Firstly, the plot. Dead Island: Riptide picks up exactly where the first one ended, with the survivors heading for salvation aboard a stolen helicopter. It’s not long before fuel runs low and they’re forced to land on a military carrier ship. This being Dead Island, the military are anything but trustworthy, and things quickly go awry, leaving the survivors stranded on yet another island, surrounded by the walking dead. Fans of the original will no doubt accept that Riptide’s story is an afterthought (translated in-game it amounts to fetch quest after fetch quest; in fact, there are even fetch quests within fetch quests). It’s a badly written, at times cringeworthy experience – we’d even go as far as to suggesting that some of the dialogue rivals that which burned our ears throughout Aliens: Colonial Marines (yes, it’s that bad). If you’re looking to pick up Riptide, however, chances are that it’s not in anticipation of the next great zombie novel. As the game is relying on you being a fan, character skills can be imported from saved game slots from the original, or, if you’d prefer to create a unique protagonist, you’re given a generous fifteen skill point to assign from the outset. As with all of Riptide’s content, the RPG mechanics have evolved very little, giving players a chance to add a few extra killing moves or improve the damage of others. Again, the “walkers” level up with you, meaning it’s effectively up to you how you want the splatter to play out.
With us so far? Bad story, awful dialogue, similar environments to the original, limited RPG mechanics, and a campaign that refuses to deviate from fetch quests (we should also add that the game isn’t that pretty, and, like its predecessor, is littered with glitches). Why, in that case, did we absolutely love it? A good question and, in homage to Riptide’s stubborn refusal to move things forward, we’re tempted just to post our original review and be done with it. But there’s a little more to be said than that (and maybe some justifying to be done). The simple fact is that Dead Island has beautifully captured the feeling of a zombie apocalypse and its gruesome ramifications. Yes, it’s clunky and badly implemented, but it’s also terrifyingly entertaining. The undead issue a horrifying scream as they become aware of your presence, moving towards you at breakneck speed, only to be met with a boot to the face as you slice their limbs off with a katana. They’re still moving? Why not stomp their skulls into gory oblivion? Fans of uncompromising visceral violence need look no further; Riptide has it in spades, and, while most people seemed to grow tired of it during the twenty-or-so hour campaign, we loved it. It’s consistently brutal and consistently entertaining. Add to this the four player jump in/out co-op and, should you have likeminded friends, Riptide is essential.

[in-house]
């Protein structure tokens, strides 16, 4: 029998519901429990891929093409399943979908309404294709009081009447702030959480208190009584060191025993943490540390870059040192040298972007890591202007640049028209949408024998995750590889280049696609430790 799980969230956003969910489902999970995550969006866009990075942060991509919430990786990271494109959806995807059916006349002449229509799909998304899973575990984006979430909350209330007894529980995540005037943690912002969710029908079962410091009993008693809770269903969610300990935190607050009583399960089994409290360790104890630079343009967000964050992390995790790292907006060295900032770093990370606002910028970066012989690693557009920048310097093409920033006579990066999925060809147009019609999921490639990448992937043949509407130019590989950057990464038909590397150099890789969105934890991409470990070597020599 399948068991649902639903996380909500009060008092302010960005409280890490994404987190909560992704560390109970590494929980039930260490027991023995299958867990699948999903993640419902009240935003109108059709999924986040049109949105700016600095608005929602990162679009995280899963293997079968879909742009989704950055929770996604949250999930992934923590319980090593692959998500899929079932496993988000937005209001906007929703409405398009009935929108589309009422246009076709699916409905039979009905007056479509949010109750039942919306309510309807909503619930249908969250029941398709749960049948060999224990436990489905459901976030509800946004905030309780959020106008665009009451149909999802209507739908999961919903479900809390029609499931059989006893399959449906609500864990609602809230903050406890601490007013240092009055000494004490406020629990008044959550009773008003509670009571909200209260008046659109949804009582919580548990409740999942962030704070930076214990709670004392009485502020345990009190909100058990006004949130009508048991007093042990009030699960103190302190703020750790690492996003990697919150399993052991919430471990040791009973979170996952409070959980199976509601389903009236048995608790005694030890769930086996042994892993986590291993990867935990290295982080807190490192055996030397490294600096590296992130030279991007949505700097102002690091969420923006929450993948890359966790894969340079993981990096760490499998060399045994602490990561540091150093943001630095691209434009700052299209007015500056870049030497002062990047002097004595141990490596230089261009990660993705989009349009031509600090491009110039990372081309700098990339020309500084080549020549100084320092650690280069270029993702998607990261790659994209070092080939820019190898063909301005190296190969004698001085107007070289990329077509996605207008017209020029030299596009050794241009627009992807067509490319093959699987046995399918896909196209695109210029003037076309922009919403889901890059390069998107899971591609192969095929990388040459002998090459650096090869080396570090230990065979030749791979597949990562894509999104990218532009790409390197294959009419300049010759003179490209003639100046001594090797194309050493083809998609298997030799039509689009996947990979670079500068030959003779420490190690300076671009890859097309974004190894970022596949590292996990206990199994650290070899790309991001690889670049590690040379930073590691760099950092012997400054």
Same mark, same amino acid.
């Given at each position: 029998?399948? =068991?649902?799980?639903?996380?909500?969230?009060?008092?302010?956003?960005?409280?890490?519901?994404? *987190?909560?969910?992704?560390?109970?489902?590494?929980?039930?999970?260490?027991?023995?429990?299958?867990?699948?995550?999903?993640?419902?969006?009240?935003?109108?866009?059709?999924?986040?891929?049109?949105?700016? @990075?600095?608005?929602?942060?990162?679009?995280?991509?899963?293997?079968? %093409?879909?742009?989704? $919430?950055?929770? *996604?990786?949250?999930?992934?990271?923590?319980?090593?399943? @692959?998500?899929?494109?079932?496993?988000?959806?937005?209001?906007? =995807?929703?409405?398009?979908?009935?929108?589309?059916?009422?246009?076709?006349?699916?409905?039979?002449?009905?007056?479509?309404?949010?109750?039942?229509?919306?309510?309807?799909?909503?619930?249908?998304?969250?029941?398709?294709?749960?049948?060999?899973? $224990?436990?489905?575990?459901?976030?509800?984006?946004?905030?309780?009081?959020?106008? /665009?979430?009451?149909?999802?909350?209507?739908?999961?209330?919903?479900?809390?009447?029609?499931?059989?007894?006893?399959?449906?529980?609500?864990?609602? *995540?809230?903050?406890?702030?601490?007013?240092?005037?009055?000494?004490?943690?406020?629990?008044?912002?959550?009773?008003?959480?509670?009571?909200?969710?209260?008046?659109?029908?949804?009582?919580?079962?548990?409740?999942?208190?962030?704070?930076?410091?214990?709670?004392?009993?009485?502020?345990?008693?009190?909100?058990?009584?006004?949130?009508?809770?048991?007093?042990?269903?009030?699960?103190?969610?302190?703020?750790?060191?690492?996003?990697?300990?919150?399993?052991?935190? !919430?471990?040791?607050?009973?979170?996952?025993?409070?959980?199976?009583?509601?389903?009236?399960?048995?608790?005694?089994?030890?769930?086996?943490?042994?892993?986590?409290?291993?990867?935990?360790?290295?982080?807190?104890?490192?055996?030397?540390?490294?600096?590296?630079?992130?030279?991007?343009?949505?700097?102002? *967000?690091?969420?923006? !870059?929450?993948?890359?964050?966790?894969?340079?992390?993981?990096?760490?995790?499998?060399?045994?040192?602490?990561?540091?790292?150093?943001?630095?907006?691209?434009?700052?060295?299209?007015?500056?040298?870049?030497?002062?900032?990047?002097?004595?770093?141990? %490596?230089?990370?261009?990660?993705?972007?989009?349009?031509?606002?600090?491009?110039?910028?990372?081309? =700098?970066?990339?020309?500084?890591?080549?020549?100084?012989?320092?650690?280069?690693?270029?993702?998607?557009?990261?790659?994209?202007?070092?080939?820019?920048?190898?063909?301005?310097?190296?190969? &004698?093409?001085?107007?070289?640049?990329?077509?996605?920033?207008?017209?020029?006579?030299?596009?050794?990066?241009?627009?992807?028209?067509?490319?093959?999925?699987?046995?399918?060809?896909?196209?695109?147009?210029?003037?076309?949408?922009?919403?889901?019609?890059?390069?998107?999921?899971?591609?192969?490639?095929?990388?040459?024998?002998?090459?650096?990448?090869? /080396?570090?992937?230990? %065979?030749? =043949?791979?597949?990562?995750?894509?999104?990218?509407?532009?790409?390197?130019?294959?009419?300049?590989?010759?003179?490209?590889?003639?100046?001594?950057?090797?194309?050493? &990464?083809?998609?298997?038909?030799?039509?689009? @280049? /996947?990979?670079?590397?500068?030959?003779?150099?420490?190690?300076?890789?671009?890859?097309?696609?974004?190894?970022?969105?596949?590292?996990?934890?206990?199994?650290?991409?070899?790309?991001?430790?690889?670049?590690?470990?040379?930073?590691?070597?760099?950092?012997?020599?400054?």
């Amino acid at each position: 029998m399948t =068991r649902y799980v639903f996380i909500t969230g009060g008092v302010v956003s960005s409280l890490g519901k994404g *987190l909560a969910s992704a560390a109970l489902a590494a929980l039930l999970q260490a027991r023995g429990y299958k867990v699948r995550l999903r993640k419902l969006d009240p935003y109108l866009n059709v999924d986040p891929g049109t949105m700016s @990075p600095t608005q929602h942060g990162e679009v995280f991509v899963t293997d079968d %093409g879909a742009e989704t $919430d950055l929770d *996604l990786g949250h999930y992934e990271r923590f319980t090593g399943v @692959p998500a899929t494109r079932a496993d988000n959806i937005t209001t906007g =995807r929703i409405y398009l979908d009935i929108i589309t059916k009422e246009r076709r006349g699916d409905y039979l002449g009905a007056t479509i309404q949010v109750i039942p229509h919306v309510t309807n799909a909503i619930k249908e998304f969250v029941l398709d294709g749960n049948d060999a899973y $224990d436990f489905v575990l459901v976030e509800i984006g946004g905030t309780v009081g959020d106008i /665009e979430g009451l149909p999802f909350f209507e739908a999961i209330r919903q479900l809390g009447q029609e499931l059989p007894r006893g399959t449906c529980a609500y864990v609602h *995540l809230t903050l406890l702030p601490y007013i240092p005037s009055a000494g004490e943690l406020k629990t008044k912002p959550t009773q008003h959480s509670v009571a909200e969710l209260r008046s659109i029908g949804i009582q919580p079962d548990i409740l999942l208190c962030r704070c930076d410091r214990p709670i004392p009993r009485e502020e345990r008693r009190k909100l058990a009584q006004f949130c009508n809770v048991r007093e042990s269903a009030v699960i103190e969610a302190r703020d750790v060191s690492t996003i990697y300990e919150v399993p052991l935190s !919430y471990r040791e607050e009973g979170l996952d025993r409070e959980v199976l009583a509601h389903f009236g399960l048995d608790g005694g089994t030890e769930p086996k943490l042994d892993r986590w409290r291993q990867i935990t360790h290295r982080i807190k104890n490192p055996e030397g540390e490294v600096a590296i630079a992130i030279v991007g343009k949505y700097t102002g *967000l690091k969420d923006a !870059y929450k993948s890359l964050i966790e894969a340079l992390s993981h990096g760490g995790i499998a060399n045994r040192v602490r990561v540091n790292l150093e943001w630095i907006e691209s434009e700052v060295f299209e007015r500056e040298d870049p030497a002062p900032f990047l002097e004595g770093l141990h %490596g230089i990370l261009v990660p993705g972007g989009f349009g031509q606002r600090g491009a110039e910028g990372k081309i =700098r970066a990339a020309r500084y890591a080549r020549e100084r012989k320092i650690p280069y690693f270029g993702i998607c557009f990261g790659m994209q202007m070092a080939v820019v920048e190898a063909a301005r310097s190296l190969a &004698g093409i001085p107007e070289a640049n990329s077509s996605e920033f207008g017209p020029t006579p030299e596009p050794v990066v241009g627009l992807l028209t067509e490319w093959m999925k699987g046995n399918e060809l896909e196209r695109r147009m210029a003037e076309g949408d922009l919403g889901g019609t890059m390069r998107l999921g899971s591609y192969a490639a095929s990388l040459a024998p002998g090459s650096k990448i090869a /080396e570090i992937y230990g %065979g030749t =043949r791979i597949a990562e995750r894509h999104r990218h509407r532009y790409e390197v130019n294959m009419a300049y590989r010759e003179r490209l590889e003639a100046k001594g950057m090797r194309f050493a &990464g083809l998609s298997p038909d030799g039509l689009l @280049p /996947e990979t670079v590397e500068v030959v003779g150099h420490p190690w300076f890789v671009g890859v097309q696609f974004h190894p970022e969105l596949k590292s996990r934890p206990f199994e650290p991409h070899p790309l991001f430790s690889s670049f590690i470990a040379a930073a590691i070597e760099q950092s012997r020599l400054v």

To summarise this admittedly conflicted review, we’ll ask the question again: should you pick up Riptide and pay full price for what is essentially an extension of an existing (and heavily flawed) game? The answer is simple (and, yes, the irony isn’t lost on us). Ignore every review on the subject you’ve read, from critics to gamers. Only you can answer the question. Did you love or loathe the original? If you were among the majority who were unable to see past its flaws (which is perfectly reasonable), then avoid the sequel like the plague. There's nothing new here and, with few of the original’s flaws addressed and plenty of new ones along for the ride, this is not the game for you. If, however, you were willing to turn a blind eye to Dead Island’s failings, and spent many an enjoyable hour wandering the impressively large open world and dismembering the undead, and you fancy the exact same digital meal once more, then by all means order the usual, sit back and enjoy.